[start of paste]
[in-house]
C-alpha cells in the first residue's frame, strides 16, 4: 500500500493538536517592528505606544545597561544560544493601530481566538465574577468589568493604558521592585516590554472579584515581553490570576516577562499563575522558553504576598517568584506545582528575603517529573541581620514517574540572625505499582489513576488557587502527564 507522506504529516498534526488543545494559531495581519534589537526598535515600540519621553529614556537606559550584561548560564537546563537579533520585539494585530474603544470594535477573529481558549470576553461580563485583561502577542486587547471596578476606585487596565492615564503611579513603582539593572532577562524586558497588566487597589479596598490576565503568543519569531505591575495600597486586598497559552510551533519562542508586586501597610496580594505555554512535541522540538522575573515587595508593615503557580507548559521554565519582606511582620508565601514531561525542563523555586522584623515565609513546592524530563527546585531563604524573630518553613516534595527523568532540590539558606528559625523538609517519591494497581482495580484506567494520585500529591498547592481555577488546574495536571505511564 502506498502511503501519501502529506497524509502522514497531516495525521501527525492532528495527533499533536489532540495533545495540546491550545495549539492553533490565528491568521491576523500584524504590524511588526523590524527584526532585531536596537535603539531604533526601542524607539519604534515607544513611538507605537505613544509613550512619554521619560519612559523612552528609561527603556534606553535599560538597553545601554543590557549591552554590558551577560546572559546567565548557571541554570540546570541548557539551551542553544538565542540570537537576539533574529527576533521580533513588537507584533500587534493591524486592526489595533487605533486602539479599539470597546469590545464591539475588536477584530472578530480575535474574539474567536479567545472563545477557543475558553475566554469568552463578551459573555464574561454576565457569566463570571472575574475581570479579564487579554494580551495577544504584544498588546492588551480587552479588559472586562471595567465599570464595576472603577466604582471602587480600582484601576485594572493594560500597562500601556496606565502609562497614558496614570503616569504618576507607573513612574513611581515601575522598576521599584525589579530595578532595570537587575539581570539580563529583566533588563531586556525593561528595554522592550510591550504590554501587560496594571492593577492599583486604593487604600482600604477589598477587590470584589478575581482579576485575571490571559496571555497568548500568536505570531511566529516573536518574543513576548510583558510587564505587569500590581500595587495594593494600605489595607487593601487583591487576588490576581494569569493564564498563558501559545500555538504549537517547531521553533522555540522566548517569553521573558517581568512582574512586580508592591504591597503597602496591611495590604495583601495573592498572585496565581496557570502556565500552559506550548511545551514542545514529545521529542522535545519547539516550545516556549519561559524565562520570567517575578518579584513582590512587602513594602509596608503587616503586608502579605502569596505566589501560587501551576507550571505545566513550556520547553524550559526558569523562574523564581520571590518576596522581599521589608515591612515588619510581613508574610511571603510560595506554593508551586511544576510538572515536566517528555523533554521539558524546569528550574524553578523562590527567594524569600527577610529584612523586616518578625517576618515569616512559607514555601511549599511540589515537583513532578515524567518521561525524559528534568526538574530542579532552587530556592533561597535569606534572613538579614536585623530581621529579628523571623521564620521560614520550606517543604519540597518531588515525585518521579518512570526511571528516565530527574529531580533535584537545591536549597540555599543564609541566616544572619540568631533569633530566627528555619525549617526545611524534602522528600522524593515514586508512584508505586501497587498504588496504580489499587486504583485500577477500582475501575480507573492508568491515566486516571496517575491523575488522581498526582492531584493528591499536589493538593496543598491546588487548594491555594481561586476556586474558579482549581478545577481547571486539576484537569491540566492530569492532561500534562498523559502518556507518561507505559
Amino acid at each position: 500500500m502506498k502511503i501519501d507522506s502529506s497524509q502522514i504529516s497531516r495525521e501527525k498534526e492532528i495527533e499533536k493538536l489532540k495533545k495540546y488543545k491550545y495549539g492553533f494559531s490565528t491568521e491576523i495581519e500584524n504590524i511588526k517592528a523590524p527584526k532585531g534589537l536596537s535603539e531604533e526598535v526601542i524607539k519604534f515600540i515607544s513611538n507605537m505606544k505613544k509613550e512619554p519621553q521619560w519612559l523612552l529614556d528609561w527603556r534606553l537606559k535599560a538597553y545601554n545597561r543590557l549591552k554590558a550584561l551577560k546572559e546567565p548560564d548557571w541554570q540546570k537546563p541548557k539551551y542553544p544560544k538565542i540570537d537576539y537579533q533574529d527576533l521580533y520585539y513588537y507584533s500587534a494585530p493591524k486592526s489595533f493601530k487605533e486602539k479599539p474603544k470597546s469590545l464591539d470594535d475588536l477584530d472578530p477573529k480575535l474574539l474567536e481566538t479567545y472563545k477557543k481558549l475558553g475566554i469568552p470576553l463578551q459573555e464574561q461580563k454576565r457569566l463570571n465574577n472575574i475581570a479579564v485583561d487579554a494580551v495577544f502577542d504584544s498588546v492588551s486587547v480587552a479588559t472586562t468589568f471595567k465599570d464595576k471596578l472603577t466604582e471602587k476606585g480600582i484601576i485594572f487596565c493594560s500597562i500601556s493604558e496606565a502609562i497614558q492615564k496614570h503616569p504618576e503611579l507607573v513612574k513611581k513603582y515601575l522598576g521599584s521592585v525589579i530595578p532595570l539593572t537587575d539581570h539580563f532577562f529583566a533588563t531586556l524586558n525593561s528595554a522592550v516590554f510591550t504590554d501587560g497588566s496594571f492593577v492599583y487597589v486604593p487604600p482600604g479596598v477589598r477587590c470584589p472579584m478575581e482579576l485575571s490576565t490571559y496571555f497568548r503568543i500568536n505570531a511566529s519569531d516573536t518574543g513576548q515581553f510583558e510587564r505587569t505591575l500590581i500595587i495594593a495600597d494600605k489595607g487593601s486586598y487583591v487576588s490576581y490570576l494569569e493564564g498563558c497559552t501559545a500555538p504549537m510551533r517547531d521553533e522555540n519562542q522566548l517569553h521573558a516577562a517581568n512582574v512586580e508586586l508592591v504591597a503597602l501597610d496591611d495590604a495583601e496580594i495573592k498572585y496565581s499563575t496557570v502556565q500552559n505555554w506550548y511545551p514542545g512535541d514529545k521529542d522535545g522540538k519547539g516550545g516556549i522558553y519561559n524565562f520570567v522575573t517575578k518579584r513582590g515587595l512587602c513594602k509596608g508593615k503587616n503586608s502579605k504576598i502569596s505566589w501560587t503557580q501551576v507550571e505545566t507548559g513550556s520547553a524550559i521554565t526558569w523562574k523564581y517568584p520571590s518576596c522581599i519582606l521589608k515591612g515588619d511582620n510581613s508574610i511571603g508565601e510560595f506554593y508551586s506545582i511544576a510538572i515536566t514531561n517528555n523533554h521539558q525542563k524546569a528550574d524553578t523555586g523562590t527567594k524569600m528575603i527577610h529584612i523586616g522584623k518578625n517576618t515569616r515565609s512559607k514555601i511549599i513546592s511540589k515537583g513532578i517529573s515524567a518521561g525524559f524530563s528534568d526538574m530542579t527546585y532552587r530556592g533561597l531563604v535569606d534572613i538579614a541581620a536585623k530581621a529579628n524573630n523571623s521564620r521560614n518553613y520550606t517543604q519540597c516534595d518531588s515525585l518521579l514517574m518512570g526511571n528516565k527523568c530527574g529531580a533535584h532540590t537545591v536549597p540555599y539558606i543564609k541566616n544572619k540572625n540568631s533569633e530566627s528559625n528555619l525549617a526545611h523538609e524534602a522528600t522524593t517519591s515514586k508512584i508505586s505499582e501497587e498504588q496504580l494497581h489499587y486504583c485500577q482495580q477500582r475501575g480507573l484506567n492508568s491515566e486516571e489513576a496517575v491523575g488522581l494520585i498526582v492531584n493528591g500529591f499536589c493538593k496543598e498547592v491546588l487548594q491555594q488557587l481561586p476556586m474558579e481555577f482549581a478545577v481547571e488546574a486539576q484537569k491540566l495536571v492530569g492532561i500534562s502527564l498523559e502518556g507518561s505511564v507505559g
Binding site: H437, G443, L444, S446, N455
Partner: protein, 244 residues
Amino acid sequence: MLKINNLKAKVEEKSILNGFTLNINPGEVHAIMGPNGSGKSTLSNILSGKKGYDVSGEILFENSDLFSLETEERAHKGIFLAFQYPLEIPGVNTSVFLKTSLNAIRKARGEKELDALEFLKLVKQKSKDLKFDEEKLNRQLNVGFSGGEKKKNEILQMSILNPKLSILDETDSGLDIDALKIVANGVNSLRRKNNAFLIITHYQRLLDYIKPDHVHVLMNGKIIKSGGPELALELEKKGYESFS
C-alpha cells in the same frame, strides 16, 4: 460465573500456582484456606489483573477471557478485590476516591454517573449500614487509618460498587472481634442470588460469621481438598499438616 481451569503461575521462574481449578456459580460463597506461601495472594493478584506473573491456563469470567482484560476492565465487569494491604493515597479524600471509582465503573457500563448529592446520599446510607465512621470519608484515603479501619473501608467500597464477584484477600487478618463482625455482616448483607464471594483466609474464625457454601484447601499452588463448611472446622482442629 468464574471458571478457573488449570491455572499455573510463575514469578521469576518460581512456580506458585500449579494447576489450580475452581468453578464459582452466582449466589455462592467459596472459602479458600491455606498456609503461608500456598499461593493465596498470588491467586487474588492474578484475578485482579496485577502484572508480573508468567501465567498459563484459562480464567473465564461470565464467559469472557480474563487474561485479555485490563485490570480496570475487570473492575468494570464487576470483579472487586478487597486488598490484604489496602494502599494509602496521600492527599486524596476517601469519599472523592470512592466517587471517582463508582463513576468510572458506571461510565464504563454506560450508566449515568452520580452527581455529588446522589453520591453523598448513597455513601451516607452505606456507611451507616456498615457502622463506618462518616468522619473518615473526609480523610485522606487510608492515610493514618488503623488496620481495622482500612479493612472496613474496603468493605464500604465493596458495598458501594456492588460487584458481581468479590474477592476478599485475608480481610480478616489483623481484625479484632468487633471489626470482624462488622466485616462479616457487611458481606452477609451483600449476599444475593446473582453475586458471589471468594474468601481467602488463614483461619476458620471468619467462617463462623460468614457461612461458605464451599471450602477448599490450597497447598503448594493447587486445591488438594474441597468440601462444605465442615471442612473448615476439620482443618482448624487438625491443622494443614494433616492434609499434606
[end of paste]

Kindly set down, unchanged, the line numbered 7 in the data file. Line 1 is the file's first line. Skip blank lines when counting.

C-alpha cells in the same frame, strides 16, 4: 460465573500456582484456606489483573477471557478485590476516591454517573449500614487509618460498587472481634442470588460469621481438598499438616 481451569503461575521462574481449578456459580460463597506461601495472594493478584506473573491456563469470567482484560476492565465487569494491604493515597479524600471509582465503573457500563448529592446520599446510607465512621470519608484515603479501619473501608467500597464477584484477600487478618463482625455482616448483607464471594483466609474464625457454601484447601499452588463448611472446622482442629 468464574471458571478457573488449570491455572499455573510463575514469578521469576518460581512456580506458585500449579494447576489450580475452581468453578464459582452466582449466589455462592467459596472459602479458600491455606498456609503461608500456598499461593493465596498470588491467586487474588492474578484475578485482579496485577502484572508480573508468567501465567498459563484459562480464567473465564461470565464467559469472557480474563487474561485479555485490563485490570480496570475487570473492575468494570464487576470483579472487586478487597486488598490484604489496602494502599494509602496521600492527599486524596476517601469519599472523592470512592466517587471517582463508582463513576468510572458506571461510565464504563454506560450508566449515568452520580452527581455529588446522589453520591453523598448513597455513601451516607452505606456507611451507616456498615457502622463506618462518616468522619473518615473526609480523610485522606487510608492515610493514618488503623488496620481495622482500612479493612472496613474496603468493605464500604465493596458495598458501594456492588460487584458481581468479590474477592476478599485475608480481610480478616489483623481484625479484632468487633471489626470482624462488622466485616462479616457487611458481606452477609451483600449476599444475593446473582453475586458471589471468594474468601481467602488463614483461619476458620471468619467462617463462623460468614457461612461458605464451599471450602477448599490450597497447598503448594493447587486445591488438594474441597468440601462444605465442615471442612473448615476439620482443618482448624487438625491443622494443614494433616492434609499434606